Education and Early Childhood Development

The School Bus, One of the Safest Vehicles on the Road

 

School buses have been specifically designed and equipped to carry students. Therefore, they are one of the only vehicles on the road with a design that maximizes the safety for children. Research by Transport Canada is being completed to maintain this high degree of safety of school buses to further improve upon the effectiveness of their design. Furthermore, since serious accidents involving a school bus where someone is severely injured or killed are rare, they are studied on a case by case basis. This allows for Transport Canada to study in-depth which mechanisms have failed so that future designs of buses can be enhanced so that instances do not repeat.

Every school bus seen on the road is designed to meet safety criteria and standards set out by Transport Canada, the Canadian Standards Association (CSA) in the CSA D-250 for school buses and the Federal Motor Vehicle Safety Standards. In terms of design, every school bus has the following features for safety:

Colour

The CSA D-250 school buses sets the standards for the colour of paint to be used on the exterior of the bus. The highly distinguishable yellows and blacks make the school bus one of the most recognizable vehicles on the road. Because the colours create increased recognition, then near by traffic know to drive with extra caution.

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Stop Indicators

All school buses are equipped with flashing lights and a stop arm, which are activated whenever a child is being picked up or dropped off from the bus. These signals are used to indicate to traffic approaching from both sides of the road to come to a full stop and to remain so until the indicator has been deactivated. These safe-guards are enforced with high penalties given to any vehicle that fails to stop for a school bus. Such an offence translates into a loss of 6 demerit points, along with a substantial fine.

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Mirrors and Crossing Arm

School buses have devices to allow the driver to see if there are people or objects around the bus. To accomplish this, the bus design includes strategically placed mirrors that allow the driver to see 360° around the bus. The crossing arm is used so that the bus driver can see the students cross the road, ensuring that they can be seen at all times when the student is in front of the bus.

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Intelligent Design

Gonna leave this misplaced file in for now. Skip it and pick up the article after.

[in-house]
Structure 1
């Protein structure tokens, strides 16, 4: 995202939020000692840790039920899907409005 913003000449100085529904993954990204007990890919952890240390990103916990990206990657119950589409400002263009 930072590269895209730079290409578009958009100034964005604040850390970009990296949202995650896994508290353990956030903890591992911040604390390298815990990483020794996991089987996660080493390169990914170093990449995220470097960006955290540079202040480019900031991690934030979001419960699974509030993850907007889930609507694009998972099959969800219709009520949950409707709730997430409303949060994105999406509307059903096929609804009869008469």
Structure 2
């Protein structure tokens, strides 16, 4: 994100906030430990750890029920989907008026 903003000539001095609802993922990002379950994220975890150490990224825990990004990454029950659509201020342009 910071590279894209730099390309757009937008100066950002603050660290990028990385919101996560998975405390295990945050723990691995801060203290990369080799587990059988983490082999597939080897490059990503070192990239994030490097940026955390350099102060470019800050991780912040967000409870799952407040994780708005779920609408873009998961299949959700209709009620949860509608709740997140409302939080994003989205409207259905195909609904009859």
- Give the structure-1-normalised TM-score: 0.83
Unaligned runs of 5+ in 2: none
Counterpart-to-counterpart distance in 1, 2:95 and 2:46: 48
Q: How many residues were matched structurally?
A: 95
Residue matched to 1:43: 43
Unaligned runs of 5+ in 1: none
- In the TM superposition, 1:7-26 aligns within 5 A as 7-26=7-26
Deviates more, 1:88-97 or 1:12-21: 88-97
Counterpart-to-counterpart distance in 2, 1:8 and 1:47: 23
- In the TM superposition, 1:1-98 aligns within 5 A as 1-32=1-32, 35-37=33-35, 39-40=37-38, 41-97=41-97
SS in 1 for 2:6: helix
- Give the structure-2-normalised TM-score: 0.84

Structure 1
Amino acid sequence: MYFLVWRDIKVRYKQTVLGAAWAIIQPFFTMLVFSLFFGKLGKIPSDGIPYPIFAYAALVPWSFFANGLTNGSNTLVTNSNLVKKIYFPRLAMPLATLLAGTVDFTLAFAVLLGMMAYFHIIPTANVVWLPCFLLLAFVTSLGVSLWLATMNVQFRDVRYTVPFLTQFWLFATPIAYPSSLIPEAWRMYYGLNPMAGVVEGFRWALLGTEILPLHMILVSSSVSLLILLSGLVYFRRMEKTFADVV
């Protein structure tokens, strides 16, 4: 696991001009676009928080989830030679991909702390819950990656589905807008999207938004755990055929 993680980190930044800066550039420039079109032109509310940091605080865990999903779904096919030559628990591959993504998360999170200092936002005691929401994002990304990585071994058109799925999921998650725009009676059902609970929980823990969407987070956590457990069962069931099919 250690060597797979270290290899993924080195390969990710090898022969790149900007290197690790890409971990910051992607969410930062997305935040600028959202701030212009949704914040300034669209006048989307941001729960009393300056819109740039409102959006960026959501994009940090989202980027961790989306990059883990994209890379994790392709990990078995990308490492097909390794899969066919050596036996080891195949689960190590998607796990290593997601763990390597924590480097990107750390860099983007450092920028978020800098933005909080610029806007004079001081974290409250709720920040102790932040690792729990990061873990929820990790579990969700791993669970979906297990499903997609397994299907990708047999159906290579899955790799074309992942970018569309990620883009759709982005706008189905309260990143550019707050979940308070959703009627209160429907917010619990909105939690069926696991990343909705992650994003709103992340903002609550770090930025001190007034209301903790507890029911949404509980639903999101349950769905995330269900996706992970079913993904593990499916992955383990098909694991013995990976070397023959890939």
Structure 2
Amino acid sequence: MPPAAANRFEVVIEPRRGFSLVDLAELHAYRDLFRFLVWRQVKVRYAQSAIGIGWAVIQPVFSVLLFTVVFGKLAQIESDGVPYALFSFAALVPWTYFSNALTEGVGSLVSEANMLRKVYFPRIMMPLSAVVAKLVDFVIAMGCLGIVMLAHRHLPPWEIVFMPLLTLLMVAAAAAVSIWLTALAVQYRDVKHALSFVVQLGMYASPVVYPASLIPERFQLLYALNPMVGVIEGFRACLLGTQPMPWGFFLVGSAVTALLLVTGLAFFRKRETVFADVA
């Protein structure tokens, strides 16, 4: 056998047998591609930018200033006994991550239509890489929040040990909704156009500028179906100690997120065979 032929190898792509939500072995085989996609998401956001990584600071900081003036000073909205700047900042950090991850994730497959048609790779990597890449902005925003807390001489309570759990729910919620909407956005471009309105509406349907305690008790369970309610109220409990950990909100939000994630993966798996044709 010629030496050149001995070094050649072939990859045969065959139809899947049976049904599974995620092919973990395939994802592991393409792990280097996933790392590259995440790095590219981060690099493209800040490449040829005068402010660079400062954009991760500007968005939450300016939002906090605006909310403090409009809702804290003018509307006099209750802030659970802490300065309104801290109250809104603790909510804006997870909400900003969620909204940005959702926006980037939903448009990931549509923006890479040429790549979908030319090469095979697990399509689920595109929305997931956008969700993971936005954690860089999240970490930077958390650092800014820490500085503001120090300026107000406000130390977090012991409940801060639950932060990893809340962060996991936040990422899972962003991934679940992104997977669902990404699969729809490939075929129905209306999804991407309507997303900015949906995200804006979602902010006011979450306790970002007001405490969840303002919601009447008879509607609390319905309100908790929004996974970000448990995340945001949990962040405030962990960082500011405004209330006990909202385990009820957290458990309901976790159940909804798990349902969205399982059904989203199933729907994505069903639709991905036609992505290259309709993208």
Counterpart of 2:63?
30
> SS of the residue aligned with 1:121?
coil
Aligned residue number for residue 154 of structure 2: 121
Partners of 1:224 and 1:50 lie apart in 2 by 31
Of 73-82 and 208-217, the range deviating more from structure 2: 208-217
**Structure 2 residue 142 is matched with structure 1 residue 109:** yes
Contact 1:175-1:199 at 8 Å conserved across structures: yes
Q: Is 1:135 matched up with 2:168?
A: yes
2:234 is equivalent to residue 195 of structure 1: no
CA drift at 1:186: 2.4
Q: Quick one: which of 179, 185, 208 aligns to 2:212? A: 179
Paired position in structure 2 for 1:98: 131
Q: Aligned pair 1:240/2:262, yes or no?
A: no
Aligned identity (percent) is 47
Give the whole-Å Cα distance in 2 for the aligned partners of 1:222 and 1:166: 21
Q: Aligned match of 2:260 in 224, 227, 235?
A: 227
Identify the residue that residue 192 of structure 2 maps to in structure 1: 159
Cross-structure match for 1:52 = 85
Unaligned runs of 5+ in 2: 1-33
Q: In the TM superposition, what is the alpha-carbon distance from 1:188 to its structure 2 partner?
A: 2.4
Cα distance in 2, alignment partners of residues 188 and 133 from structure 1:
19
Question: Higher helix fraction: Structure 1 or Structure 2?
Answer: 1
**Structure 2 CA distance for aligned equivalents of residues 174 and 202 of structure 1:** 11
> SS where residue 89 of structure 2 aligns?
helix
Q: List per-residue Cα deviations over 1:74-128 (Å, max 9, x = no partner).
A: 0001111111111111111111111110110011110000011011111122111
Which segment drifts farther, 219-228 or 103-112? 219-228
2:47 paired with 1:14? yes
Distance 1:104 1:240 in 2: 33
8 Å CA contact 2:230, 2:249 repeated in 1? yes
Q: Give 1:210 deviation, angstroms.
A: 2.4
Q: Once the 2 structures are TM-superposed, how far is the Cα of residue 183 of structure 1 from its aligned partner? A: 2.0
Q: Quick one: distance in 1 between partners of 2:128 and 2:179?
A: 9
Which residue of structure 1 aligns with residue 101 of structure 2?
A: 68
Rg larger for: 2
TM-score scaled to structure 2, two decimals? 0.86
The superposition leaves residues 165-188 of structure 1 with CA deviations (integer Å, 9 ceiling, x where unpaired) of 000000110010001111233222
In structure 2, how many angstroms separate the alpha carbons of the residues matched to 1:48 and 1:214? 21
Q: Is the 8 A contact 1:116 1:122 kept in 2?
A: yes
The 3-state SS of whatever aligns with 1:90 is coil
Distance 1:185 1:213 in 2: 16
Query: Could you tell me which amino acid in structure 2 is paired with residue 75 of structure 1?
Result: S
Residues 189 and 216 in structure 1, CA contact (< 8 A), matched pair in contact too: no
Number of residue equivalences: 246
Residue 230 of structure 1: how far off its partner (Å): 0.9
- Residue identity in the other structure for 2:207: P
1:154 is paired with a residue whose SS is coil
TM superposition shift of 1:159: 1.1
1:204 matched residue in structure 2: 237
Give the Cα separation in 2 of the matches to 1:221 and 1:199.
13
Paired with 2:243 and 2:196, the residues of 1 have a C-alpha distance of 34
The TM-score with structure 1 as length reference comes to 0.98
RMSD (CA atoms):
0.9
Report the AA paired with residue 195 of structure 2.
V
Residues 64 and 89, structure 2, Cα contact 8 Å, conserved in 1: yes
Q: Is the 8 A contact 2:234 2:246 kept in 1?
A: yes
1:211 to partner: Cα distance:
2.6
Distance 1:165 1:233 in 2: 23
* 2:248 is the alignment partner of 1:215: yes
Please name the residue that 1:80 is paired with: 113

School buses are designed to protect passengers on board from impact. To accomplish this, just about every feature of this design was specifically chosen to reduce the effects of a collision. School buses are required to have increased body strength by the provision of horizontal full length impact rails located at the shoulder, cushion, floor levels and lower shirt levels. In addition to the sheer size of the bus, the floors are raised protecting the students by having them sit above the impact zone where an automobile would typically hit a school bus. The bus is further protected from side impacts with the design of the windows, shaped small enough to prevent passengers from being ejected from the vehicle.

The school bus is specifically designed to reduce the shock of impact with a moveable structure. In order to absorb the energy of a collision the bus is structured to be able to slide up to 12 inches along the chassis frame.

There are also rollover precautions put into the school bus design that reduce the risk of serious injury caused if the bus were to roll. The interior of the bus is a smooth rounded shell, free from sharp edges. The goal of this design is to ensure that the energy from an impact is absorbed by the entire body and not just certain areas. There are also various emergency exits placed on both sides of the bus, the back, and an escape hatch on the roof.

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Compartmentalization

The interior of a school bus uses a design called ‘compartmentalization'. The purpose of this design is to minimize the impact and injury on students should a collision occur. To achieve this, the seats are made with high backs with padding on the front and back made from impact absorbing material. These seats have strong anchorage and are spaced closely together to create compartments. The premise of this design, backed by vast amounts of continuing research, is that if a collision were to occur, these special compartments would absorb the impact dispersing it throughout the entire body as opposed to solely the head and neck. For this reason, the compartmentalization model is generally more favoured than the seat belt model.

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School Bus Drivers

The school bus drivers are well trained to drive and deal with the numerous issues which can occur while transporting children, safety is always first on their minds.

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